Kirkus Reviews
A young Latino rabbit must overcome a snack-based superstition in this baseball-centered picture book. Luis, anxious about his Little League tryouts, is encouraged by his father, who reminisces about the strange things he and his fellow teammates did for luck. At the supermarket, Luis visits Mrs. Garza, the bear with the food samples he and the other kids call "tryouts." After enjoying his chorizo pizza, he manages to play well enough to make the team and stops for a sample on the way to the team's first practice. After another great performance, he connects his baseball abilities with his pre-practice supermarket snacking. Unfortunately, various forces keep Luis from his "tryouts," and his playing suffers. A couple of conversations with his father help him overcome his superstitious behavior in time for the big game, and he celebrates the victory with his extended family. Montijo's exuberant animal characters and bright acrylics will appeal to readers but may not be enough to make up for Soto's lackluster, wordy text. While baseball fans will be eager to enter Luis' world, others may find the abrupt scene changes jarring and the plot difficult to follow. The inclusion of Latino names and occasional Spanish words will make the book especially appealing to younger Latinos interested in the sport. The great illustrations would have benefited from simpler text. (Picture book. 4-7)
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Product Details

  • ISBN-13: 9781101643907
  • Publisher: Penguin Group (USA)
  • Publication date: 3/1/2012
  • Sold by: Penguin Group
  • Format: NOOK Kids
  • Pages: 32
  • Sales rank: 1,321,255
  • Age range: 3 - 5 Years
  • File size: 16 MB
  • Note: This product may take a few minutes to download.

Meet the Author

Born in Fresno, California to Mexican American parents, Gary Soto learned the hard work ethic through his share of chores, including mowing lawns, picking grapes, painting house numbers on street curbs, and washing cars. His
hard work paid off at California State University at Fresno, from which he graduated with an English degree, and later at the University of California at Irvine, where he earned a Masters of Fine Arts in Creative Writing.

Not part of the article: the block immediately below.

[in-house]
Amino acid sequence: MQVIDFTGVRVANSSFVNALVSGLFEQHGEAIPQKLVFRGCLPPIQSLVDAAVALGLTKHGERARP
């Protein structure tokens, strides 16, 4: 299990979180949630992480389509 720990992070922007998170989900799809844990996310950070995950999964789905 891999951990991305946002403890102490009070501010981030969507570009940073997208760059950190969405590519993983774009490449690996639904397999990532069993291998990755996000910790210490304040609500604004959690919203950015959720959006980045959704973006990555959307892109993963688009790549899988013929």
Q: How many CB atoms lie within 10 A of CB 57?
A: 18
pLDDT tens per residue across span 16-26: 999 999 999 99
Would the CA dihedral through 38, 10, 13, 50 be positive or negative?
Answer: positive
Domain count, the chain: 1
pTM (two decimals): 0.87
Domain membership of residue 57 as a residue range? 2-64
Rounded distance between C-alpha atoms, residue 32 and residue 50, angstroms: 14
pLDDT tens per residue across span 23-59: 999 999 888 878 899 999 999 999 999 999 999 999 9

Gary Soto is an acclaimed poet, essayist, and fiction writer. The awards for this multi-talented author are many, ranging from the U.S. Award for International Poetry Forum in 1977 for his first published book of poetry, The Elements of San Joaquin, to a Before Columbus Foundation American Book Award in 1985 for Living Up the Street, his first published work of prose recollections. His short
story collection Baseball in April, was named an American Library Association's Best Book for Young Adults. In 1993 Gary Soto received the Andrew Carnegie
Medal for Excellence in Children's Video for Pool Party, and in 1995 he was nominated for a National Book Award.



His other credits include fellowships from the Guggenheim Foundation, the National Endowment for the Arts, and the California Arts Council. Gary Soto is also one of the youngest poets to appear in the Norton Anthology of Modern Poetry. Several of his books
have been translated into French, Spanish and Italian.



Too Many Tamales was named a Booklist Books for Youth
Editors' Choices of 1993. Hazel Rochman of Booklist said, "Gary Soto is an accomplished poet and adult writer, and his children's stories are widely popular. His first entry into the picture book genre is a joyful success."



When he is not writing, Mr. Soto serves as a volunteer English teacher at his church. He also enjoys eating at new restaurants, which he does often with his wife, Carolyn, and their daughter Mariko. Other members of the Soto household include their two cats,
Corky and Sharkie. The Soto family resides in Berkeley, California.



copyright ? 2000 by Penguin Putnam Books for Young Readers. All rights reserved.